Around 288 BCE, a branch of the original Bodhi tree was taken to Sri Lanka by Bhikkhuni Sangamitta, daughter of Ashoka. It was planted at the Mahavihara monastery in Anuradhapura, India where it lives to this day. It is honored as the oldest living propagated tree in the world.
The Bodhi tree, Ficus religiosa belongs to the Moraceae family, known as the Fig (Ficus) and Mulberry (Morus) family. The Bodhi Tree is easily recognized by its buttressed roots and heart-shaped leaves. Because its leaves resemble the heart-shaped leaves of a Linden tree in the Malvaceae family, some refer to it as a Linden Tree.
The Ficus genus has over 850 species of fig trees including Banyan and Sycomore figs. The Bodhi Tree, Ficus religiosa, or sacred fig is also known as Peepal, Ashwattha or Bo. Its fruit is edible, but not desired. All fig trees can produce fruit, but they need the right species of fig wasp to pollinate it. Edible figs typically come from the common fig, Ficus carica.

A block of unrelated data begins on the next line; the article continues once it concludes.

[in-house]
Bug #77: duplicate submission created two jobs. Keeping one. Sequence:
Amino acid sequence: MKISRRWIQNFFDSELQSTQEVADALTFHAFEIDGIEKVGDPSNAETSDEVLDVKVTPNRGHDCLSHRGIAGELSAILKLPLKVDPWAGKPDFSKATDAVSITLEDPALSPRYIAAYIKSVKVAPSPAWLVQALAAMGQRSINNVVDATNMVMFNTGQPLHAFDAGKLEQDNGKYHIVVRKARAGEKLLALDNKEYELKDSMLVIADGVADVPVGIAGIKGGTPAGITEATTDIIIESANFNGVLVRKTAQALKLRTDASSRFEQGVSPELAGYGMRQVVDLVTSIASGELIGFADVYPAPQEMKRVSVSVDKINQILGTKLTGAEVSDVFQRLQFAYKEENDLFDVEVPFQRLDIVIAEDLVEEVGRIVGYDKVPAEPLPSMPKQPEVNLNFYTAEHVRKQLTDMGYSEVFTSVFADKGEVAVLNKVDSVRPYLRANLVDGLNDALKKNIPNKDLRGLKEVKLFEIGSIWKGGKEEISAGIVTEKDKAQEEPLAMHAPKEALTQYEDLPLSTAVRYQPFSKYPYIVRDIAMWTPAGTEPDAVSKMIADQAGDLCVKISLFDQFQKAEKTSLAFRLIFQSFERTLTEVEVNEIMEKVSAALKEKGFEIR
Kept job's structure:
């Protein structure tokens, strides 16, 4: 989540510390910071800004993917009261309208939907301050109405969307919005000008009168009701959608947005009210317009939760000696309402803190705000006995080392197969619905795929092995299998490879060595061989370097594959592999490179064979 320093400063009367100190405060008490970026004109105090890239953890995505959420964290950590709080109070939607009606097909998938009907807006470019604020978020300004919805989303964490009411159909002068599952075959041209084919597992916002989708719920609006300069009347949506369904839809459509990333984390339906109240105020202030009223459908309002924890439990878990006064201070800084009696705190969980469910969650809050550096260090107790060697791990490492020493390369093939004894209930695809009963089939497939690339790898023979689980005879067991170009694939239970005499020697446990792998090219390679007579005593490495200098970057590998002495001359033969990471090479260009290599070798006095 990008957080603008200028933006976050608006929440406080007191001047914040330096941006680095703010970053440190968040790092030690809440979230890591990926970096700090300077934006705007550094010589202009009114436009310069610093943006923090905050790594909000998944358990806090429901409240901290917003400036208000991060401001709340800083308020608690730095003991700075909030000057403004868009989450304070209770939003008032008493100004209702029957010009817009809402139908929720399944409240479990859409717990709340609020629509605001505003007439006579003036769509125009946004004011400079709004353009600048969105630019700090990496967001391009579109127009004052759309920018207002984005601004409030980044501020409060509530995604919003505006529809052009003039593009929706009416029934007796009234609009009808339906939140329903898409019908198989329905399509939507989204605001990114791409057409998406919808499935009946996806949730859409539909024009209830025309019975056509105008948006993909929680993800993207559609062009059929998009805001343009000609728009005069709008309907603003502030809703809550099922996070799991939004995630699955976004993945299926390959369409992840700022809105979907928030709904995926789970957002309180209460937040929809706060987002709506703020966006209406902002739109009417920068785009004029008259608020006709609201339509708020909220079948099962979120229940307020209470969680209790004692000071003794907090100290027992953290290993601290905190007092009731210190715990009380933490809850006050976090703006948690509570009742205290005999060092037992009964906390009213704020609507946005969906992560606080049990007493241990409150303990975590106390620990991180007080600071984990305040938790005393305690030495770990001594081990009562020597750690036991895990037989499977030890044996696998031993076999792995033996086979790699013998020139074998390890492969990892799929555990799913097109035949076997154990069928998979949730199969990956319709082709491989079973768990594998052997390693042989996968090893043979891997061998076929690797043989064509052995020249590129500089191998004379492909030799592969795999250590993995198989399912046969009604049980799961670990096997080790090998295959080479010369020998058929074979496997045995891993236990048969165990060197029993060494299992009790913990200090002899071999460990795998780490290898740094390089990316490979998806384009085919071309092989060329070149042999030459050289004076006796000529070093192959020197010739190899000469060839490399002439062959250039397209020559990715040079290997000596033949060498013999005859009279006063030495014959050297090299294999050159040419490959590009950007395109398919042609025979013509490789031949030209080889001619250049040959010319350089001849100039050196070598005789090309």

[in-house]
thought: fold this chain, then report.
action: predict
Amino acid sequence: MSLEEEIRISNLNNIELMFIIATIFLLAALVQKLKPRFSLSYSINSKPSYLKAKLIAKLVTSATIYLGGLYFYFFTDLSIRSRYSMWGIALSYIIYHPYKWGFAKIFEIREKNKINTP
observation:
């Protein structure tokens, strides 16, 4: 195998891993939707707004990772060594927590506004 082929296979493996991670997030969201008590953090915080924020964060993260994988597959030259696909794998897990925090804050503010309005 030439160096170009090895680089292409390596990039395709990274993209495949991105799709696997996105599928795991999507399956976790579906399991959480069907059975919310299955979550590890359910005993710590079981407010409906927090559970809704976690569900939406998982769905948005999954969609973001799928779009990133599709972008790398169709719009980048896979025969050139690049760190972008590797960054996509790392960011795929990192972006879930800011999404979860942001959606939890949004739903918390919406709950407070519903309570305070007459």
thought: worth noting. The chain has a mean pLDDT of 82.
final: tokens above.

The Bodhi Tree is most closely related to Banyan tree (Ficus benghalensis) which sends down aerial roots from its branches. In contrast the Bodhi Tree tends to send its branches upwards as its roots buttress down toward the ground from the trunk. Bodhi trees can live to be over a thousand years old.
To be considered a “true” Bodhi Tree its lineage must be directly connected to the original tree that Buddha sat under. This has been accomplished through years of seed germination and the propagation of branches. Therefore thousands of trees in India and other countries descend from the seeds and branches of this one ancient and sacred Bodhi Tree.